Many business contracts contain a provision for “liquidated damages.” If there is a breach of contract, the injured party may demand a predetermined amount of liquidated damages from the party that caused the breach. As the New York Court of Appeals has explained, “In effect, a liquidated damage provision is an estimate, made by the parties at the time they enter into their agreement, of the extent of the injury that would be sustained as a result of breach of the agreement.”
A liquidated damages provision is designed to compensate a party for its losses. It is not intended to punish the other party for wrongdoing. As a matter of common law, New York courts will not enforce any liquidated damages provision if it requires any payment that is “grossly disproportionate to the amount of actual damages” sustained by the injured party. The Court of Appeals recently discussed the application of these principles in connection with an aborted property lease.
Van Duzer Realty Corp. v. Globe Alumni Student Assistance Association, Inc.
The plaintiff in this case leased a building in Staten Island to the defendant. The initial lease term was one year and later extended for nine additional years. A few months after signing the extension, however, the defendant was cited by New York City officials for “failure to maintain the premises in good order.” Rather than correct the violations, the defendant simply vacated the property and stopped paying rent to the plaintiff.
The plaintiff initially sued the defendant in New York City Civil Court for possession of the property. The Civil Court awarded possession but no monetary damages. The plaintiff then filed a second lawsuit in Richmond Supreme Court against the defendant seeking enforcement of a liquidated damages provision in the lease that required payment of all future rent owed for the remainder of the nine-year term.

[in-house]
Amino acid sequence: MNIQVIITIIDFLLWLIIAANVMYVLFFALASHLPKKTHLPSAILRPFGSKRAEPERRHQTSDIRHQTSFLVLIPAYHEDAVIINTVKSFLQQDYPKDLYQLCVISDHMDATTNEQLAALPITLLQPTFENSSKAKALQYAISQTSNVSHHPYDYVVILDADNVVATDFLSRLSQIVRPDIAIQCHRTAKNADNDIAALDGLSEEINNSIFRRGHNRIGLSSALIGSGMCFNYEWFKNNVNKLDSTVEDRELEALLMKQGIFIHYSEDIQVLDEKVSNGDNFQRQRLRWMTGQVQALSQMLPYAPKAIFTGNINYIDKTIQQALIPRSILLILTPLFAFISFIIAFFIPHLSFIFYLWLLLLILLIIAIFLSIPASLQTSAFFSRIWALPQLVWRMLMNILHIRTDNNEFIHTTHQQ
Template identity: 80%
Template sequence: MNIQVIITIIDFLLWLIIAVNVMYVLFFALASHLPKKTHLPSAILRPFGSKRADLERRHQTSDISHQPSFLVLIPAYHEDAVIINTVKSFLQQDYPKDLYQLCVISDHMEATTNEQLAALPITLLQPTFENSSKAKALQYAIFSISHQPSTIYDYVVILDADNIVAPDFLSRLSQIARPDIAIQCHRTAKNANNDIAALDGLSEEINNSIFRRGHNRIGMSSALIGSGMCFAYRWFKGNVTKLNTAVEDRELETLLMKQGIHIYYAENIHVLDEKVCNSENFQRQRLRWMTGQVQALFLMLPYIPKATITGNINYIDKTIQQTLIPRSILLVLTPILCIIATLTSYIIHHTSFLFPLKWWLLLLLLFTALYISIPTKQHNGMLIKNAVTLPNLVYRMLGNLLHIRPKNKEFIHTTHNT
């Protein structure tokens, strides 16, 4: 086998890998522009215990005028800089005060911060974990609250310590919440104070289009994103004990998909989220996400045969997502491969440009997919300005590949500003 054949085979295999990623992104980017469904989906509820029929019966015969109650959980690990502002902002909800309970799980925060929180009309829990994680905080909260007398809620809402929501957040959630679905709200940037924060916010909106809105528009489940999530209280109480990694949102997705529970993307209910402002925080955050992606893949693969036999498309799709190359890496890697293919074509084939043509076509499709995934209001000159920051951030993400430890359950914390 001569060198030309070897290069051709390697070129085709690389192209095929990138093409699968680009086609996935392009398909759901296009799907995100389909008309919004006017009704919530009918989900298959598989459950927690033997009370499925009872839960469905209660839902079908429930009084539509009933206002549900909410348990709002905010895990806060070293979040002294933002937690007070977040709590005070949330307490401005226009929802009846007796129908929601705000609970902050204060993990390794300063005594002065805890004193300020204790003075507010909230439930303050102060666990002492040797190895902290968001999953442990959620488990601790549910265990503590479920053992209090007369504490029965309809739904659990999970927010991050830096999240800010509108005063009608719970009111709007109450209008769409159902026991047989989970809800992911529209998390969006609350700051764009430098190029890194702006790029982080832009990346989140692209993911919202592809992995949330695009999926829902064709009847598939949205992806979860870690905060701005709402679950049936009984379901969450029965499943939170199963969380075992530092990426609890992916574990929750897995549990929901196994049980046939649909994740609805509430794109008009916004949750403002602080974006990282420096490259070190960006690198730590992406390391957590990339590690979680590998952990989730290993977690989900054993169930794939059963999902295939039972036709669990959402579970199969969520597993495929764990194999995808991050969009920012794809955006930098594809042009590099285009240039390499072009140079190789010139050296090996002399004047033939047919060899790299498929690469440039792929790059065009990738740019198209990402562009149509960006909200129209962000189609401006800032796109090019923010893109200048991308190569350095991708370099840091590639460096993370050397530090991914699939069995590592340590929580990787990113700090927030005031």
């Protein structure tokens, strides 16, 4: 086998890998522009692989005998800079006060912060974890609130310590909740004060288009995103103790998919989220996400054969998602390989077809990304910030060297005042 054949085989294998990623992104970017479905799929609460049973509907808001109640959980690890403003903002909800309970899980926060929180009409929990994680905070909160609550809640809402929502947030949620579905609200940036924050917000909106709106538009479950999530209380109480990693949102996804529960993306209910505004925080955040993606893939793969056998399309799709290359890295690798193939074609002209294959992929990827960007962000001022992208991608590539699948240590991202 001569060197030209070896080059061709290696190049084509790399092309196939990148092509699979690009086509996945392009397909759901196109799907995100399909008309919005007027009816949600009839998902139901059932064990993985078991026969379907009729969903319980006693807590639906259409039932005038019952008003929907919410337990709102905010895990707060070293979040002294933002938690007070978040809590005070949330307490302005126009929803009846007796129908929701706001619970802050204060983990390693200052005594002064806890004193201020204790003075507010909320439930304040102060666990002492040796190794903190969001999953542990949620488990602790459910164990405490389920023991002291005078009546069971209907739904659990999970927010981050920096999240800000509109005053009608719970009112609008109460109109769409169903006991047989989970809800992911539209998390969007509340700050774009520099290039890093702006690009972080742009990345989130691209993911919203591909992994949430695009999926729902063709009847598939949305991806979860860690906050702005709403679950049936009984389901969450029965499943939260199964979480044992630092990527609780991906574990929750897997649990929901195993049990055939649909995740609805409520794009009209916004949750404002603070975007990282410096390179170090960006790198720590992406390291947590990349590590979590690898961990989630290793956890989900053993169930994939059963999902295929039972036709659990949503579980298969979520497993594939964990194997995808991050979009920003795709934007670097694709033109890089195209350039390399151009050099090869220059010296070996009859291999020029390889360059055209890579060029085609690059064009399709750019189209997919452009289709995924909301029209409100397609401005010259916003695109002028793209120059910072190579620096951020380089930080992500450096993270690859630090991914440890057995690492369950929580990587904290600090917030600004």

The defendant argued the liquidated damages amounted to an “unenforceable penalty.” The Supreme Court disagreed. It awarded summary judgment to the plaintiff and referred the parties to a Special Referee to determine how much the defendant should pay.
In a decision issued on December 18th of this year, the Court of Appeals partially modified the Supreme Court's decision. The appeals court said the defendant was entitled to present evidence the liquidated damages amounted to an unfair penalty. This argument is based on the fact the plaintiff has possession of the property and can release it. This would amount to a “windfall” for the plaintiff, the Court of Appeals, as it would be able to “get the full rent now and hold the property.”
The Court of Appeals did not rule on the merit of the defendant's argument. It only said the Supreme Court must consider whether requiring the accelerated payment of nine years of future rent is “disproportionate” to the plaintiff's actual losses, even though the plaintiff regained possession of the property and has no legal obligation to release.
Cases like this demonstrate the importance of liquidated damage provisions. They can provide important legal protections for parties in the event of a breach. That is why before signing any contract, you should work with a qualified New York business attorney who can advise you on the importance of these types of clauses. Contact our office today if you have any questions.